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  1. I have been on this program while on parole from 2011-2013. No person should be forced mentally to share private details of their personal life with total strangers. Also giving permission for a mental therapist to report to your parole agent that your not participating in group therapy because you don't have the financial mean to be in the group therapy. I was personally singled out and sent back three times for not having money and also sent back within the six month when you aren't to be sent according to state law. I will work to het this INSOMM's removed from this state. I also had twelve or thirteen parole agents with a fifteen month period. Thanks for your time.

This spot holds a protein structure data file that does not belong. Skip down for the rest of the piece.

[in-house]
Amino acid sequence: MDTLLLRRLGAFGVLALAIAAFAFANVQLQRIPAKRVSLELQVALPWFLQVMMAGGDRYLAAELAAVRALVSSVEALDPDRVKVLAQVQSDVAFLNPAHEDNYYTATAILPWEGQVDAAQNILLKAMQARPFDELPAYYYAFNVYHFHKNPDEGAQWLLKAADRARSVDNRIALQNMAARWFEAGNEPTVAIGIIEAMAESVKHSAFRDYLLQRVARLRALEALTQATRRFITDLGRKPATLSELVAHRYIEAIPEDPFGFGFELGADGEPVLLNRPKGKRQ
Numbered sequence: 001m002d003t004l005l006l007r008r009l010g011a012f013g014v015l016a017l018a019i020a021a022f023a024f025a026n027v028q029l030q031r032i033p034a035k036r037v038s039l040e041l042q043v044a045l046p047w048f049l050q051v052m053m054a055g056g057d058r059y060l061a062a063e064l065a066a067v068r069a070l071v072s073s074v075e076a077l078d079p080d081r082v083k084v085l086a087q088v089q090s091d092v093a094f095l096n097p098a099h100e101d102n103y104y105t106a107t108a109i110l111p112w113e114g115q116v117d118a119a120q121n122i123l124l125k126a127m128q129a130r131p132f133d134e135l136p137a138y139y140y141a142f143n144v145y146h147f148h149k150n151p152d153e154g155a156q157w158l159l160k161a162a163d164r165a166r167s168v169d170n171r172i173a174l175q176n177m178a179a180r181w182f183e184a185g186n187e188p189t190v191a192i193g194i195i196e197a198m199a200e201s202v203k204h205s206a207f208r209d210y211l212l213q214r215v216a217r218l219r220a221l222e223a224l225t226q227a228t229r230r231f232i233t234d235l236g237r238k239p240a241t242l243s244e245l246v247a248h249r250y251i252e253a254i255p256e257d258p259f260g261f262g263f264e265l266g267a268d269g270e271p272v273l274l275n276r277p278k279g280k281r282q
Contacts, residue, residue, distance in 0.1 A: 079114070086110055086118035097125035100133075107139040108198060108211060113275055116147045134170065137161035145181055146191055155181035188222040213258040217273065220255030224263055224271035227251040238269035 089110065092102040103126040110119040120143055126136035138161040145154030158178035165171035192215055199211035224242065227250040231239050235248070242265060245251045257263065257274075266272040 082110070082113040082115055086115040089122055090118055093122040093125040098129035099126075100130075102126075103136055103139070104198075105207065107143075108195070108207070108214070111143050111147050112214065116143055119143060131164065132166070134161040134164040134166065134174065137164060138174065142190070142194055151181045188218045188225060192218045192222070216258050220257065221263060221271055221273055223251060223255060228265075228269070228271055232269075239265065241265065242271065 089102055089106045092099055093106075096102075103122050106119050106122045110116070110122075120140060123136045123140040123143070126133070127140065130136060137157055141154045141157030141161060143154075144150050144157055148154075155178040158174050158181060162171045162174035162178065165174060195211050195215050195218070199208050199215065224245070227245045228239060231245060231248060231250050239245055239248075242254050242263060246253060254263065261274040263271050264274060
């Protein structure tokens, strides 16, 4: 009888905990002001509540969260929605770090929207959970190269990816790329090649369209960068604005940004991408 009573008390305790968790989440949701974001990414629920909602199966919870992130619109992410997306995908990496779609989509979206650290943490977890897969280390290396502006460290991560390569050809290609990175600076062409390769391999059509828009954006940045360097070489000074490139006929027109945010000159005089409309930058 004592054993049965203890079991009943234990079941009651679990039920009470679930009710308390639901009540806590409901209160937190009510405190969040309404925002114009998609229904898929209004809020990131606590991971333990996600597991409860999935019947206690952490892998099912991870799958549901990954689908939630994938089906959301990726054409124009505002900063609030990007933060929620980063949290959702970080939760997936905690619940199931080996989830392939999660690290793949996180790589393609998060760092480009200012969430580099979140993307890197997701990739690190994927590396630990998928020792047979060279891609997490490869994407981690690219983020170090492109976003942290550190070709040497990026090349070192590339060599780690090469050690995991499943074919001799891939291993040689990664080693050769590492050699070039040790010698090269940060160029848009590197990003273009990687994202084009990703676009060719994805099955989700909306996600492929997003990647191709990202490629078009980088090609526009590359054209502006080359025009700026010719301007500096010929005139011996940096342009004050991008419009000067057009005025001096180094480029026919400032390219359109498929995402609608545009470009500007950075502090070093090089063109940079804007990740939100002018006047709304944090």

2. Our nation produces very few jurists of the caliber of Justice DOUGLAS and his peers these days. Here is that great civil libertarian, who recognized government as both a blessing and, when corrupted by ideological interests, a curse: "Once the investigator has only the conscience of government as a guide, the conscience can become ‘ravenous,’ as Cromwell, bent on destroying Thomas More, said in Bolt, A Man For All Seasons (1960), p. 120. The First Amendment mirrors many episodes where men, harried and harassed by government, sought refuge in their conscience, as these lines of Thomas More show: ‘MORE: And when we stand before God, and you are sent to Paradise for doing according to your conscience, *575 and I am damned for not doing according to mine, will you come with me, for fellowship? ‘CRANMER: So those of us whose names are there are damned, Sir Thomas? ‘MORE: I don't know, Your Grace. I have no window to look into another man's conscience. I condemn no one. ‘CRANMER: Then the matter is capable of question? ‘MORE: Certainly. ‘CRANMER: But that you owe obedience to your King is not capable of question. So weigh a doubt against a certainty—and sign. ‘MORE: Some men think the Earth is round, others think it flat; it is a matter capable of question. But if it is flat, will the King's command make it round? And if it is round, will the King's command flatten it? No, I will not sign.’ Id., pp. 132—133. DOUGLAS THEN WROTE: Where government is the Big Brother,11 privacy gives way to surveillance. **909 But our commitment is otherwise. *576 By the First Amendment we have staked our security on freedom to promote a multiplicity of ideas, to associate at will with kindred spirits, and to defy governmental intrusion into these precincts" Gibson v. Florida Legislative Investigation Comm., 372 U.S. 539, 574-76, 83 S. Ct. 889, 908-09, 9 L. Ed. 2d 929 (1963) Mr. Justice DOUGLAS, concurring. I write: Happy Memorial Day to all -- God please bless our fallen who lived and died to preserve constitutional governance in our wonderful series of Republics. And God open the eyes of those government officials who denounce the constitutions of these Republics by arbitrary actions arising out capricious motives.